Review: Google Chromebook Pixel

12 Mar 2015 | Author: | No comments yet »

Google Chromebook Pixel 2 review round up: gorgeous, powerful, but still just Chrome.

The recently launched Google Store offers phones, tablets, Chromebooks and new products such as Android Wear along with accessories including cases, keyboards and chargers. “We’ve been selling our devices on Google Play for years, but as we’ve added more products to the family, we thought it was time to make it easier for you to learn more about them,” Andrew Bowers, Director of Consumer Hardware wrote in a blogpost. The Chromebook Pixel computer, a made-by-Google exercise in staggering specs, was first released in 2013 as the top-of-the-line Chromebook, a laptop that runs Google’s Chrome operating system. It is faster than its predecessor and has a high resolution screen but it raises the question: does anyone really want to pay £800 for a glorified web browser. The original Pixel included mostly top-of-the-line technology and some indulgent impracticalities, like an extremely high-resolution multitouch display.

Google’s Chromebooks are designed to be a fast, cheap, portal to the internet costing under £250 and providing a browsing experience far better than similarly priced PCs. And Google’s laptop – an update to the first Pixel released about two years ago – packs the same new connector technology as the MacBook, referred to as USB-C. Other features that Google is touting include the latest, fifth generation, Intel Core processor, a high-resolution (2,560 x 1,700) 12.85-inch touch display, and up to 12 hours of battery life – not unlike the specs that Apple touted on Monday (Apple’s new MacBook has a high-res display and claims all-day battery life.) In addition to the standard model, Google is offering what it calls an LS version (LS stands for “Ludicrous Speed”) “that’s even faster,” Bowers wrote. The launch of the Google Store came on the same day as Apple dealt with its iTunes and App Store was offline for nearly 12 hours due to an internal domain name system error, according to CNET. The new Pixel is cheaper, faster and comes with the new USB type-C port, but essentially offers the same conundrum: who should you buy a £800 Chromebook?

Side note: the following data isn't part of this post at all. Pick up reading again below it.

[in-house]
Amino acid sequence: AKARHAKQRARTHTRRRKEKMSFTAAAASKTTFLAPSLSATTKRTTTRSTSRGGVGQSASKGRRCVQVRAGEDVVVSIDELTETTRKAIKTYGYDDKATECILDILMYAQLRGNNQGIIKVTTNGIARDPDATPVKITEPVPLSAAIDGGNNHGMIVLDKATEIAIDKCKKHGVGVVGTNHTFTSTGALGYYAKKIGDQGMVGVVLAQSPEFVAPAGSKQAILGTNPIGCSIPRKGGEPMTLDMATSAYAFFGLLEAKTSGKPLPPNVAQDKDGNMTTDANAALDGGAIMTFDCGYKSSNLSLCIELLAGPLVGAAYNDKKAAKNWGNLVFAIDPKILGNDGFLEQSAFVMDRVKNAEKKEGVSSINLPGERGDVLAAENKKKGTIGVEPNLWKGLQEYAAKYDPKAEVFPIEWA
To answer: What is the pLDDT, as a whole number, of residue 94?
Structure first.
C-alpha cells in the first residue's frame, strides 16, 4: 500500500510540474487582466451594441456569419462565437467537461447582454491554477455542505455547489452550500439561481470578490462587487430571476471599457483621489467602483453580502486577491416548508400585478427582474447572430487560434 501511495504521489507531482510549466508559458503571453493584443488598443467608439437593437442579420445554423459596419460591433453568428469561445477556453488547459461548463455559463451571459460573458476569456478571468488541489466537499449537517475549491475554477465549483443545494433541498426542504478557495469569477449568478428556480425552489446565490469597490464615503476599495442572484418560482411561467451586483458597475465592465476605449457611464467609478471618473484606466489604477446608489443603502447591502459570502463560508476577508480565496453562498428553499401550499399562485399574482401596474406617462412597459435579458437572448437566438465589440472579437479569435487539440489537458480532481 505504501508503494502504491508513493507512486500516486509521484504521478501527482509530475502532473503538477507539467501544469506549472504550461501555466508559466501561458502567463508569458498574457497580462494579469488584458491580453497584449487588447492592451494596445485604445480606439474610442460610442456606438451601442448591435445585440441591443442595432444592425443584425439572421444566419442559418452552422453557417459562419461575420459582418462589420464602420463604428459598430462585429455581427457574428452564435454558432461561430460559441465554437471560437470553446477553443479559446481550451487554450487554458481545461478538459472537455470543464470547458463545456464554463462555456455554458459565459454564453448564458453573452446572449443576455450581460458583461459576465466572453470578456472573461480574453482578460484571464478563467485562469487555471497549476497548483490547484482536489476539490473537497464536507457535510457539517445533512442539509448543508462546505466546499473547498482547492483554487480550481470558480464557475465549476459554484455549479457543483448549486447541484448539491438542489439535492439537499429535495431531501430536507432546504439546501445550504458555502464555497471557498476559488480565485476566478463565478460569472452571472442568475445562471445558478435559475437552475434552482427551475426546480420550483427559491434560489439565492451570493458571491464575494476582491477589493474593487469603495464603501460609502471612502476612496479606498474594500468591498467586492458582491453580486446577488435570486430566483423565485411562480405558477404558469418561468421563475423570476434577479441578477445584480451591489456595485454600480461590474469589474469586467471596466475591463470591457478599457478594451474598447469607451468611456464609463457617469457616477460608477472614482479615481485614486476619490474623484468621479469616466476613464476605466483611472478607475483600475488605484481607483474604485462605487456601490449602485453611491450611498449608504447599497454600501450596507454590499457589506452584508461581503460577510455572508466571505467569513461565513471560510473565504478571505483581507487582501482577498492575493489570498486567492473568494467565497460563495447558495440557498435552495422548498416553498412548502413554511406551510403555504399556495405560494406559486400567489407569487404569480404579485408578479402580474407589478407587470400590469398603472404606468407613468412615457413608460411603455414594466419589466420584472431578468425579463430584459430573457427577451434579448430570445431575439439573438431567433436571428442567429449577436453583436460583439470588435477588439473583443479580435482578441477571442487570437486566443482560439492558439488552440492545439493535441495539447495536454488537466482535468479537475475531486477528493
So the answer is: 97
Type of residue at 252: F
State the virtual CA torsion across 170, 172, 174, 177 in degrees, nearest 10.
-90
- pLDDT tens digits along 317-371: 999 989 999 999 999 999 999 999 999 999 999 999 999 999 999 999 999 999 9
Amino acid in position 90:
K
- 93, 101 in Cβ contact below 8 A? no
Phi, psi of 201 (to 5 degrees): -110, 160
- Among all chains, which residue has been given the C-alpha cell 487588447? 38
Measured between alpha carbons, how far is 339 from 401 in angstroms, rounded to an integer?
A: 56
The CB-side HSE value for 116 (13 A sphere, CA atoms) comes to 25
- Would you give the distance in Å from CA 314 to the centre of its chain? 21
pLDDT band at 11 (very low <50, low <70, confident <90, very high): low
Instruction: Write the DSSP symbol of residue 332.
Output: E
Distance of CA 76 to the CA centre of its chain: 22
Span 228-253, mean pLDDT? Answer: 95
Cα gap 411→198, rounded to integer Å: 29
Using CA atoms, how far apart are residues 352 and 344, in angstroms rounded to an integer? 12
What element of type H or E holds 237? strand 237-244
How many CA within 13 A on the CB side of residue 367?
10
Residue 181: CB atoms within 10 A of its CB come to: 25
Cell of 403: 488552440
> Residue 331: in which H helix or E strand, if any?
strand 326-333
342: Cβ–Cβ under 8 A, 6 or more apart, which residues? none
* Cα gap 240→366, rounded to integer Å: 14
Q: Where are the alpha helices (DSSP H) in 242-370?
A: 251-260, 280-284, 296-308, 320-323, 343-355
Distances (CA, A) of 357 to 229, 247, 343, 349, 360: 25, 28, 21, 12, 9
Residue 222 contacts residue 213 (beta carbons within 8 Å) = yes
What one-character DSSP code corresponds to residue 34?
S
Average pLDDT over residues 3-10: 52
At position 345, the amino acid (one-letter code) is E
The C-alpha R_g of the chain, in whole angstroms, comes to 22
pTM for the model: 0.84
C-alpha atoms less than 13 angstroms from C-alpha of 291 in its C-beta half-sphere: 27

That’s a novelty that you’ll rarely use, unless you need to pinch and zoom, in which case it’s unbelievably useful. (But then you’ll need to immediately reach for a chamois to wipe down the display.) In terms of speed and power, the Pixel is impressive, to say the least. The visibility is so good, in fact, that when my seatmate on a recent flight asked me to open the window shade, I could make out the contents of the screen, even with sunlight streaming in next to me. That means it requires an Internet connection for most tasks but bootup is almost instantaneous and the OS does automatic updates, backups, and virus protection in the background. David Pierce writing for Wired explained that the Pixel 2 makes compromises on software not on hardware, but that is the point of Google’s Chrome OS.

It is, by Google’s own admission, a device meant to test and demonstrate improvements that could eventually find their way into cheaper Chromebooks — whether those are outward-facing hardware improvements like better trackpads or power efficiencies that lead to longer battery life. In the case of the second-generation Pixel, the big, flashy proof-of-concept feature is its all-in-one connection port, known as USB Type-C (try typing that without a caps lock key). The new Chromebook Pixel is an improvement over its predecessor in every important way—it’s the best kind of upgrade, the kind that keeps what worked about the previous model and upgrades everything else.

USB Type-C plugs are reversible, so you can’t insert them the wrong way, which means they last longer than previous connectors, which tend to get damaged from repeatedly being shoved in the wrong way. That means that if, as Apple, Google and many other companies are hoping, USB Type-C eventually becomes standard across the industry, you could use the same charger to power any phone, any tablet and even any laptop. If you are looking for a minimalist laptop that requires an odd little collection of adapters and dongles, the new MacBook is a heck of a lot lighter and, hey, it comes in gold.

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